A street outside the Police Academy in College Point is being renamed in honor of a police officer killed in the line of duty more than 40 years ago.
Last week, the City Council unanimously voted to approve the co-naming of 28th Avenue to commemorate Patrolman Phillip Cardillo, who had been on the police force for five years with the 28th Precinct in Harlem. Castillo, who was 31 at the time, was shot outside a mosque located at 102 W. 116th St. in April 1972.
Edward Mullins, president of the SBA, had put in a request to Community Board 7, which voted to approve the street renaming in November 2014.
City Councilman Paul Vallone (D-Bayside), who introduced the bill calling for the street renaming, said it “has been long overdue.”
“Soon generations of new officers will be able to look to the sign and know his story and legacy to the department,” Vallone said in a statement. “May this sign forever remind us of the sacrifices that the men and women of the NYPD are too often asked to selflessly make, as well as serve as a symbol that these sacrifices are never forgotten.”
In April 1972, Cardillo received a call that a fellow officer was in danger at a mosque in Harlem and went to the location, along with his partner, according to the Officer Down Memorial Page.
Upon arrival, Cardillo and the other officer realized the call was fake, made by members of the mosque. The officers were then attacked by people inside the mosque,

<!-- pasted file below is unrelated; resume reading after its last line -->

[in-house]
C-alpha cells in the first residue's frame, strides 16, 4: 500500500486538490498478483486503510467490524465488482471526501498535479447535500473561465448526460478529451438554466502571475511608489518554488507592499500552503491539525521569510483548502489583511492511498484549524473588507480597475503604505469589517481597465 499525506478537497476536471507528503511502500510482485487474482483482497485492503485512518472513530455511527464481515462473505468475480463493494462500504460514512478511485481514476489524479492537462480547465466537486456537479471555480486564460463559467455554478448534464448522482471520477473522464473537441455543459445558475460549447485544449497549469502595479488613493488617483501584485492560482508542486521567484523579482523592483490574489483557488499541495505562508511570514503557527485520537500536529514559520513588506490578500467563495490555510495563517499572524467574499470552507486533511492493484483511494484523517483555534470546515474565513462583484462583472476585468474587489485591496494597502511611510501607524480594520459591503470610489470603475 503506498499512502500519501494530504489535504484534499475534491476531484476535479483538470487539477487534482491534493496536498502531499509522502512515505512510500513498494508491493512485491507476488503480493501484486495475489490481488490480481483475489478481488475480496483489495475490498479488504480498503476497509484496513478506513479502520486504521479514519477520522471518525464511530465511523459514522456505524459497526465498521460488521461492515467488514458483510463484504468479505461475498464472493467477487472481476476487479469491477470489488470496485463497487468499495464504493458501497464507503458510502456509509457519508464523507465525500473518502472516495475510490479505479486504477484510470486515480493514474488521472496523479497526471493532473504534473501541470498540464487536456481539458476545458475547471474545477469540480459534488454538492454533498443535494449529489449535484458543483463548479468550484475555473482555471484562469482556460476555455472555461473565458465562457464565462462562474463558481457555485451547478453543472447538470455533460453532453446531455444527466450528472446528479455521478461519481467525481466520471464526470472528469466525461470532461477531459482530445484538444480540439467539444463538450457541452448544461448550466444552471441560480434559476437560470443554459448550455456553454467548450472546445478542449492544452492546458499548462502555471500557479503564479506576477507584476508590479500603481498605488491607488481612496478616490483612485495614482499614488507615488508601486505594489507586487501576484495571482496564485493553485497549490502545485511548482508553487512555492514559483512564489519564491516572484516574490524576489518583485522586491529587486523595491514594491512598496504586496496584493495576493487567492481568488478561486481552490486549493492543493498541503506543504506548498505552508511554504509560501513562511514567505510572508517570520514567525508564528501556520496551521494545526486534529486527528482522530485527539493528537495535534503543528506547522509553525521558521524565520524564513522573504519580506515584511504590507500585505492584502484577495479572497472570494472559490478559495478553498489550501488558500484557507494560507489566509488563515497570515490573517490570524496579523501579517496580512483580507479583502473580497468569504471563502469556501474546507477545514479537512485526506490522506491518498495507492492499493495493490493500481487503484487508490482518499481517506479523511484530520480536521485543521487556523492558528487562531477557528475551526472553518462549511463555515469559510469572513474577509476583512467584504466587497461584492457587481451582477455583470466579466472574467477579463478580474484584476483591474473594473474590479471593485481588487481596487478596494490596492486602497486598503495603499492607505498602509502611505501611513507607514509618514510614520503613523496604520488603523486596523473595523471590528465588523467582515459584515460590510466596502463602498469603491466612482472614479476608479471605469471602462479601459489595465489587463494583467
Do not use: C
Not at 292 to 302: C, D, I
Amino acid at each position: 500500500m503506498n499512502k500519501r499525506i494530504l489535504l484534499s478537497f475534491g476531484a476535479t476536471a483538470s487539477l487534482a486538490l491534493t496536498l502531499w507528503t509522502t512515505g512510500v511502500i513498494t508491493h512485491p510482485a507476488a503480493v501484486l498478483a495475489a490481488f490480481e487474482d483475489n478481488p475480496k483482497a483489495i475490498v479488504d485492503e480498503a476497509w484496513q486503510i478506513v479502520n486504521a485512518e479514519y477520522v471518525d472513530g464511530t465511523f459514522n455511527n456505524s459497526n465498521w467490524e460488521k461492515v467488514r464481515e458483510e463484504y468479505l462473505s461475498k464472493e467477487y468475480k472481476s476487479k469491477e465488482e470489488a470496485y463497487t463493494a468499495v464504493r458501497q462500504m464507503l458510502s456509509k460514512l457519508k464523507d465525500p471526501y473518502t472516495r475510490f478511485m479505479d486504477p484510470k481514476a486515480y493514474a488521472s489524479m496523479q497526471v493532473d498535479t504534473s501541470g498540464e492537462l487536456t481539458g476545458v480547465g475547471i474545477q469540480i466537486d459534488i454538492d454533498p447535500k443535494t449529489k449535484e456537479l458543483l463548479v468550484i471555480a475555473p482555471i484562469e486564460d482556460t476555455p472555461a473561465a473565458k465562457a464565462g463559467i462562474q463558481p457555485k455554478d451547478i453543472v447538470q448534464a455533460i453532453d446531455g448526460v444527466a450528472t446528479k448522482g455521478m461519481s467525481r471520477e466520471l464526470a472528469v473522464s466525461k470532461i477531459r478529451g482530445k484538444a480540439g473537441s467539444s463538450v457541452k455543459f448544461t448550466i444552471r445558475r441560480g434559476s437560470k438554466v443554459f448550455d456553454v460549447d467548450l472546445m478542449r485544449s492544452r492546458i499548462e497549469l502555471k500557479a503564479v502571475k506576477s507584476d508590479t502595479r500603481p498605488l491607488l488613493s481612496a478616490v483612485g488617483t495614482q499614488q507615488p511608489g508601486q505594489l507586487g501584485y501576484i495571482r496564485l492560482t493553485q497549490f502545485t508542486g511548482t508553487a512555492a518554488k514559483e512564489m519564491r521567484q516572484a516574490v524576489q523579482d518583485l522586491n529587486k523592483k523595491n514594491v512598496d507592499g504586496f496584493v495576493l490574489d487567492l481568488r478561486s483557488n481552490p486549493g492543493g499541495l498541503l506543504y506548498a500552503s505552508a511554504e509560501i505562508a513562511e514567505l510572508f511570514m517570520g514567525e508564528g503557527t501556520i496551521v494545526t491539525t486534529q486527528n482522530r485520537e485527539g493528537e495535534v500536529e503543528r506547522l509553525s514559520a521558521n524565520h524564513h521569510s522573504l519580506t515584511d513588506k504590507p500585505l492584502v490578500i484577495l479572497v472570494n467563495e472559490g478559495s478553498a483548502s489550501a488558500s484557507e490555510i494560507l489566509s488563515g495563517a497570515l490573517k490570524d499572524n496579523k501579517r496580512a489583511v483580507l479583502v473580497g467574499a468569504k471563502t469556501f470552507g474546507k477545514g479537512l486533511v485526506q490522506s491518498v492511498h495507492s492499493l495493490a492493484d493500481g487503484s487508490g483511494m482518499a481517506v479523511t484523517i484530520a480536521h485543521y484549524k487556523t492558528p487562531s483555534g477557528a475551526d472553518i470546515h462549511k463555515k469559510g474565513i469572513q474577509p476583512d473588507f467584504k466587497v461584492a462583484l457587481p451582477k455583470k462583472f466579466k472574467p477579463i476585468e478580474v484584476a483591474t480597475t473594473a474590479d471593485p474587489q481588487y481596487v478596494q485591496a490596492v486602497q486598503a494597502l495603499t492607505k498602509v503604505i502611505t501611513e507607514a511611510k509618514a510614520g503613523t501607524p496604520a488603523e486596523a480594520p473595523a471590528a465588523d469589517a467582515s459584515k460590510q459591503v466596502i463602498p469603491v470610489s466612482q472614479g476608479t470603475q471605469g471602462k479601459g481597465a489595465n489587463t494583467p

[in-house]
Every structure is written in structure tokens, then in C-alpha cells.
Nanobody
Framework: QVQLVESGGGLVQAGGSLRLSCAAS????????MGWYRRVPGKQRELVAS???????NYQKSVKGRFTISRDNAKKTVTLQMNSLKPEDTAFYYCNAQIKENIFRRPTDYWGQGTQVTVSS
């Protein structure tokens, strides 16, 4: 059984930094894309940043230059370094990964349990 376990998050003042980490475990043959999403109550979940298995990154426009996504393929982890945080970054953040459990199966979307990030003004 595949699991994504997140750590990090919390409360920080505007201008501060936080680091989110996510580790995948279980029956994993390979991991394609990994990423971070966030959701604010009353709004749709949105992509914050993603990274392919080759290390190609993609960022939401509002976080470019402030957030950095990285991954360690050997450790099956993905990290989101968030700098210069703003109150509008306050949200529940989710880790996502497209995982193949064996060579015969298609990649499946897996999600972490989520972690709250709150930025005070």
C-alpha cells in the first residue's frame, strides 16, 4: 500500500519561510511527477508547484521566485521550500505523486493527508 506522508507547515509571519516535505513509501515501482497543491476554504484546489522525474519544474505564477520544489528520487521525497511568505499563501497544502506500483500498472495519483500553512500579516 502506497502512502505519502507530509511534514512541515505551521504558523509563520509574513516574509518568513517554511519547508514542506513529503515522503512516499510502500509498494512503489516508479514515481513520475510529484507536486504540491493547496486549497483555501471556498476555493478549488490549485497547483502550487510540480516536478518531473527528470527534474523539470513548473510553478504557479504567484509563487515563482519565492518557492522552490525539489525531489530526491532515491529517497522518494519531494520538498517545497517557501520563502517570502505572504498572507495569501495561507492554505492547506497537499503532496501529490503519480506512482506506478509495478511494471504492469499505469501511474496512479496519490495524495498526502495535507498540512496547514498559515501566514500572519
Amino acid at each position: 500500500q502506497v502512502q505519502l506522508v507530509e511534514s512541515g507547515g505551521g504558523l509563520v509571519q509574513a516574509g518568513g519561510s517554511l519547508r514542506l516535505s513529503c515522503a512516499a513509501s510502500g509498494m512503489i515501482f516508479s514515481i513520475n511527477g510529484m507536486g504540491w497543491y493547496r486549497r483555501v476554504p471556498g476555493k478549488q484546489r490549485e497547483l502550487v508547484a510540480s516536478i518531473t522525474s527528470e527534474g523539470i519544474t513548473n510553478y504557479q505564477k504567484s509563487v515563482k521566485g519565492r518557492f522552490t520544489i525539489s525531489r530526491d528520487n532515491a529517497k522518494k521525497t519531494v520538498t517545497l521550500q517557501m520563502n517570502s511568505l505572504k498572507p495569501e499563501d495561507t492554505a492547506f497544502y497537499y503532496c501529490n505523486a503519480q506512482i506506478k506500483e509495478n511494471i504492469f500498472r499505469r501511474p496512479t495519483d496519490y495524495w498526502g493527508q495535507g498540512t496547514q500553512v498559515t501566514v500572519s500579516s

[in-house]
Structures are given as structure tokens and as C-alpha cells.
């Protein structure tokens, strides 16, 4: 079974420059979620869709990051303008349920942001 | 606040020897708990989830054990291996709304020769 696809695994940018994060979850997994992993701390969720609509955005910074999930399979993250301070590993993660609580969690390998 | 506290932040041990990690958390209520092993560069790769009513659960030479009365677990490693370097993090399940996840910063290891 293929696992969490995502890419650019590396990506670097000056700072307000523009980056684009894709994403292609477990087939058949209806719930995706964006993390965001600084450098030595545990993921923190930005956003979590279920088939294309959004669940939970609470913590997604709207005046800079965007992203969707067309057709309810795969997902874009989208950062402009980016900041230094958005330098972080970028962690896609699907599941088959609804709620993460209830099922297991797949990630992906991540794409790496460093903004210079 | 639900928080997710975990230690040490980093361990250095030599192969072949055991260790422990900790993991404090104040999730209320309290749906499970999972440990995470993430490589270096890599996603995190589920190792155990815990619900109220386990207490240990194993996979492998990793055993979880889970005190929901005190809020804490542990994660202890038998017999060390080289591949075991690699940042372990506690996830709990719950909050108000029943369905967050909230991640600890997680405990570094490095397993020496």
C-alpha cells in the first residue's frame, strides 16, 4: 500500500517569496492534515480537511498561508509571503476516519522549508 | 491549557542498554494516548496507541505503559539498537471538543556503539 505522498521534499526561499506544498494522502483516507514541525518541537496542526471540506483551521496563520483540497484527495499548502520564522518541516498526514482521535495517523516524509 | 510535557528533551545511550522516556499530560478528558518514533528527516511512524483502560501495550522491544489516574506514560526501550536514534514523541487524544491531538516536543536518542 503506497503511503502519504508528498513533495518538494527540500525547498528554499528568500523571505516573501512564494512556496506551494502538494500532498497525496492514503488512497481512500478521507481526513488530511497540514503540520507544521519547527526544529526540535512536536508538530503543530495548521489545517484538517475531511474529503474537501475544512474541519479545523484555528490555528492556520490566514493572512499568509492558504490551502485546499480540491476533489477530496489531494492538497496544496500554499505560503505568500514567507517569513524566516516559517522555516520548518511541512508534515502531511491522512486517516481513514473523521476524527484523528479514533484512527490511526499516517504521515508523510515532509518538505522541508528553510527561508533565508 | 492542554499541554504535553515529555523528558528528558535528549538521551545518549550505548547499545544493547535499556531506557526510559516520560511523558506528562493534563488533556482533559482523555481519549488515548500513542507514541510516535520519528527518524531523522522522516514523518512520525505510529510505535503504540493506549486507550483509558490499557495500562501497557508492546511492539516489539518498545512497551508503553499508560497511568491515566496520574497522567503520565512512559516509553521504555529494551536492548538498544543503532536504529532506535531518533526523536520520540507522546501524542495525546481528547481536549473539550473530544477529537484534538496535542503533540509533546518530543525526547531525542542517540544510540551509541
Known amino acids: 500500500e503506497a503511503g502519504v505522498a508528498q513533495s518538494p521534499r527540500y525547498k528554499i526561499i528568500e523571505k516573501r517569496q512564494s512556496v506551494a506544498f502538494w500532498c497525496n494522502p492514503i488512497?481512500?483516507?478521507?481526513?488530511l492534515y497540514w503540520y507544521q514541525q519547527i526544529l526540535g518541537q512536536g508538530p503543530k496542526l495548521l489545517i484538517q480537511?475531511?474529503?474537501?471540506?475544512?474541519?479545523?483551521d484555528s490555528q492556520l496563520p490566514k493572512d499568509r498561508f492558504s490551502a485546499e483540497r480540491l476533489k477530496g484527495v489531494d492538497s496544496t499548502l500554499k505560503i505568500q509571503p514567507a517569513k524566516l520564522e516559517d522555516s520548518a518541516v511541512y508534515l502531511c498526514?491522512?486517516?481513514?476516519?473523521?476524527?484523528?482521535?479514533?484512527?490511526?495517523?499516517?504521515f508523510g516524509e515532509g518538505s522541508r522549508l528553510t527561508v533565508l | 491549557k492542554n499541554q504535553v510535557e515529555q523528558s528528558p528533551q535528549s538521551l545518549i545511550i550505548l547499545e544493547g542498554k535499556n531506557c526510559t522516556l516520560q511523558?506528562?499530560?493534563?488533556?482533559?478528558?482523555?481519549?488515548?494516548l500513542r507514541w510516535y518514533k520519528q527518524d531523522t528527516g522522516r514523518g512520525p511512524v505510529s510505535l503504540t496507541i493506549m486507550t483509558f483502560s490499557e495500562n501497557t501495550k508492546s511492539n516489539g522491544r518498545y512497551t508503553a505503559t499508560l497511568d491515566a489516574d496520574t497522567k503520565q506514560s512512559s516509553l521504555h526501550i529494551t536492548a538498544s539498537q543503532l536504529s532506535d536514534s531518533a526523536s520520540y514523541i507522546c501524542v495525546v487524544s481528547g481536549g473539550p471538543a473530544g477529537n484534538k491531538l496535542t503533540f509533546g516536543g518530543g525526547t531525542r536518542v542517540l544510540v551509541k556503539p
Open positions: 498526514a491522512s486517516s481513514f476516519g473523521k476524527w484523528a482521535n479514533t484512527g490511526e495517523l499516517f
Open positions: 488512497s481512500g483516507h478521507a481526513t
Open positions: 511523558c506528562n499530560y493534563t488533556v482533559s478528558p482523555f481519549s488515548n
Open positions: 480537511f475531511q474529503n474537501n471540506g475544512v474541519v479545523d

Cardillo was shot and other officers were seriously injured. He died from his wound. One person was charged with Cardillo’s murder but was acquitted because the jury could not reach a verdict.
CB 7 Chairman Eugene Kelty said the street renaming was initially supposed to be done in Harlem, but it ended up not happening.
The Police Academy was deemed an appropriate location as new cadets would learn about an officer killed while working.
“They originally asked the community board up where he worked and there was some type of problem that they wouldn’t do it,” Kelty said. “The groups wouldn’t move it forward.”
A newly designed NYPD Harbor Vessel is under consideration to be renamed to commemorate Cardillo. The Blue Knights Chapter X and its presidents honor Cardillo yearly with a motorcycle ride.
And a 2007 book called “Circle of Six” by former NYPD detective Randy Jurgensen, who worked in Harlem, tells the story of Cardillo’s death and the case against his killer.